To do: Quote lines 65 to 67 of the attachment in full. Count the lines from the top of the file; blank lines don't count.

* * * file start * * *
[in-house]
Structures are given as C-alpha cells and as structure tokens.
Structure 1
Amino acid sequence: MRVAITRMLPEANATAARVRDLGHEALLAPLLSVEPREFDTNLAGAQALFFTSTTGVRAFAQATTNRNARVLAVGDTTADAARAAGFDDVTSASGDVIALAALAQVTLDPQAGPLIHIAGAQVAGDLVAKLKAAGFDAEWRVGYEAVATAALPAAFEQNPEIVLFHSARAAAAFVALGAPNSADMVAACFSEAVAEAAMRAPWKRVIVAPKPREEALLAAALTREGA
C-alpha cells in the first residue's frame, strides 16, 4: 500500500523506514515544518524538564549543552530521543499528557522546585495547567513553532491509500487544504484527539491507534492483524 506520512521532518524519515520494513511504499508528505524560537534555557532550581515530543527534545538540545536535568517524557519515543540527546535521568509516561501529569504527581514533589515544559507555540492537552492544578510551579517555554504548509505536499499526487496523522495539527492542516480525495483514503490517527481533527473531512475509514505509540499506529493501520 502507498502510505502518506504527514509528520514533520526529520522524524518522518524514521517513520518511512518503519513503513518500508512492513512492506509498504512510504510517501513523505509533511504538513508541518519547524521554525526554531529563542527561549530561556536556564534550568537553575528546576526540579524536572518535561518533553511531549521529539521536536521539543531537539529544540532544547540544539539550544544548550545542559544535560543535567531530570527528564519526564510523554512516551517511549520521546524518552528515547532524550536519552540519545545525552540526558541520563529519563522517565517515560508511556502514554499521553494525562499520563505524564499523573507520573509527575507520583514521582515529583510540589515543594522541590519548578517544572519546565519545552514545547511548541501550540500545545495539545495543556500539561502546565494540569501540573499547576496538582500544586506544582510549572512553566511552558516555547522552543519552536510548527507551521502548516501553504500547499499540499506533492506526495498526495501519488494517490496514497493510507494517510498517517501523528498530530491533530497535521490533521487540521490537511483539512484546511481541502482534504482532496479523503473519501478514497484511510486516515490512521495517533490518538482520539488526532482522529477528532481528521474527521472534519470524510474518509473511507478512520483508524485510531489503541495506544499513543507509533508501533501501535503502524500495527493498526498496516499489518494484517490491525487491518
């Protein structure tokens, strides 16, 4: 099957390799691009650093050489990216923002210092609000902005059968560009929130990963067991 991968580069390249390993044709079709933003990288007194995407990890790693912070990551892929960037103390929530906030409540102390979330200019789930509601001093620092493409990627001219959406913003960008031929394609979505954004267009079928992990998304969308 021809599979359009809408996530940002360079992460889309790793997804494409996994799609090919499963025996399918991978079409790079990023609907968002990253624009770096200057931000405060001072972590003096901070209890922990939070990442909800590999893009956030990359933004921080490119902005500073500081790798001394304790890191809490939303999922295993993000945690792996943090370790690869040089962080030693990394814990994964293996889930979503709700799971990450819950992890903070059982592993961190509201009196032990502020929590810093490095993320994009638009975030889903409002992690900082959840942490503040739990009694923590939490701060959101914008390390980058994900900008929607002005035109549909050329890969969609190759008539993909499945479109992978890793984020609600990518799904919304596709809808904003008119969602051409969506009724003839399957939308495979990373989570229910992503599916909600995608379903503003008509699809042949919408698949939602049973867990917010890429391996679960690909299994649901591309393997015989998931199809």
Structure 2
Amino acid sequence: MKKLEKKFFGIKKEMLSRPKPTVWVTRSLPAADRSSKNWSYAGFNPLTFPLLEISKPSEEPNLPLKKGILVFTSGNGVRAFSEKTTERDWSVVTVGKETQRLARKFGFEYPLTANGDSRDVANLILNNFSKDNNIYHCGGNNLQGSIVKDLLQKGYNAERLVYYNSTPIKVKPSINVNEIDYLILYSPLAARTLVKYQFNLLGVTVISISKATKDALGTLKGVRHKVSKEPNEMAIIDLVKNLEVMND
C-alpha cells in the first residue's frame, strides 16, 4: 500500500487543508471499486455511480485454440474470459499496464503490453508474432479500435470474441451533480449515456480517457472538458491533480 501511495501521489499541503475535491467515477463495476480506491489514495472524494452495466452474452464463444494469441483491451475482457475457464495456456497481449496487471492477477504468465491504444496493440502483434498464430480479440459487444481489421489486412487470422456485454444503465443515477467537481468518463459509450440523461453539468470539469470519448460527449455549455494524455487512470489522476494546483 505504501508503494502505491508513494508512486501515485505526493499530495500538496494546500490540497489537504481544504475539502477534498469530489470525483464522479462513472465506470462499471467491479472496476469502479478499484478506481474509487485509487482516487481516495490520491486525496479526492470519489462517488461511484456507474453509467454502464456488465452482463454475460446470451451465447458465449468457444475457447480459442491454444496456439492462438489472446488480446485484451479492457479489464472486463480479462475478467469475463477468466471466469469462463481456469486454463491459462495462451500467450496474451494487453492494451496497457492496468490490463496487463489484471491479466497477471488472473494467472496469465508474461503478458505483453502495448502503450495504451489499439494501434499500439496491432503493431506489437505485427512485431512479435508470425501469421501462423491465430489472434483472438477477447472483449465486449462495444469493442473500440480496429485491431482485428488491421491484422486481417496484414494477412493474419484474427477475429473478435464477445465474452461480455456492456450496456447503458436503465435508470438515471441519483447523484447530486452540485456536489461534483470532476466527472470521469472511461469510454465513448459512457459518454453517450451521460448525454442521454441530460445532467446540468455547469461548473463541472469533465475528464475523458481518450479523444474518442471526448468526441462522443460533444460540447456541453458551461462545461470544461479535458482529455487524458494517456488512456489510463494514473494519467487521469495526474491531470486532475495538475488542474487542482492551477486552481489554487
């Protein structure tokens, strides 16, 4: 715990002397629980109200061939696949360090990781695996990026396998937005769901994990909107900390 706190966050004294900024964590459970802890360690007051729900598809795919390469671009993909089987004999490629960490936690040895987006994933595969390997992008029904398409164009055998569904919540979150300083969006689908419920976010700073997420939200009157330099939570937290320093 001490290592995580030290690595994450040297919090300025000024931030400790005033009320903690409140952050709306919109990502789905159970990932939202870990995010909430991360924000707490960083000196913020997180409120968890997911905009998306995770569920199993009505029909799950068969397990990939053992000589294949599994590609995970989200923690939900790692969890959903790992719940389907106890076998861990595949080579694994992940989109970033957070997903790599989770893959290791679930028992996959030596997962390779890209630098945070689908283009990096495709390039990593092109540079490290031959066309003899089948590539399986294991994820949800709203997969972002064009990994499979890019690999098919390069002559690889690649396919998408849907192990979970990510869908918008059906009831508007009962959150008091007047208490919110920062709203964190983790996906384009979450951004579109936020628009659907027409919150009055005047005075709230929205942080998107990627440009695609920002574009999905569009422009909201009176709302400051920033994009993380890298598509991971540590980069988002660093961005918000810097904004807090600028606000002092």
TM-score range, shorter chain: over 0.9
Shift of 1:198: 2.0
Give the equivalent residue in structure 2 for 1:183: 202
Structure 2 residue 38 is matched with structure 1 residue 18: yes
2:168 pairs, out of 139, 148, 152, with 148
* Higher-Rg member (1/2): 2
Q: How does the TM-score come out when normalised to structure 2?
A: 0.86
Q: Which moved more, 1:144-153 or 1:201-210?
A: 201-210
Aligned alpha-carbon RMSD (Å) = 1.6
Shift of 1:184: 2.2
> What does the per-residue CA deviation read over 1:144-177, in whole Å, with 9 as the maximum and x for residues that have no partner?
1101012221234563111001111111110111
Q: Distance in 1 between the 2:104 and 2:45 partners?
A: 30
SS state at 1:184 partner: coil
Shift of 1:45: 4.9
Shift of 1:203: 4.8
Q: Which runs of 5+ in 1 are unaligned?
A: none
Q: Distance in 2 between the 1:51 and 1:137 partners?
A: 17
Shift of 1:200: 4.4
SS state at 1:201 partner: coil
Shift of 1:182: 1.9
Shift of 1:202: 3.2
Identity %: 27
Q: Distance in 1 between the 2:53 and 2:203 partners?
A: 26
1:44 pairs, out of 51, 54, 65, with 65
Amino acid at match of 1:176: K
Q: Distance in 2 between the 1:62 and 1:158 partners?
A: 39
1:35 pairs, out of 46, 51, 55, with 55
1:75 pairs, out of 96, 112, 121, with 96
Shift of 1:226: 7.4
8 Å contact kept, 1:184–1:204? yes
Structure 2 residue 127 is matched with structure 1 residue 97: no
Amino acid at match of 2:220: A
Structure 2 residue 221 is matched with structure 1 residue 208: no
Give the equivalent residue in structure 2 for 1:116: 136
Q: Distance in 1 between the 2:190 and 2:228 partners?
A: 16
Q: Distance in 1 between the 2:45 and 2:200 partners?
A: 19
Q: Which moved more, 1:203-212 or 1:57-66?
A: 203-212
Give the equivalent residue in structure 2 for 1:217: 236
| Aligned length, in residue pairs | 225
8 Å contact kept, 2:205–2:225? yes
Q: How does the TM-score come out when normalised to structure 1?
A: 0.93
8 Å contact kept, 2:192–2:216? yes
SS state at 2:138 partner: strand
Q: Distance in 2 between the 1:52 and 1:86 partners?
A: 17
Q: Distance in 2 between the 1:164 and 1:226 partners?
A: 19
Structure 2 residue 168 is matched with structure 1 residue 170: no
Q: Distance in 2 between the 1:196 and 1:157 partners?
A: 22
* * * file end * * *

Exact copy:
SS state at 2:138 partner: strand
Q: Distance in 2 between the 1:52 and 1:86 partners?
A: 17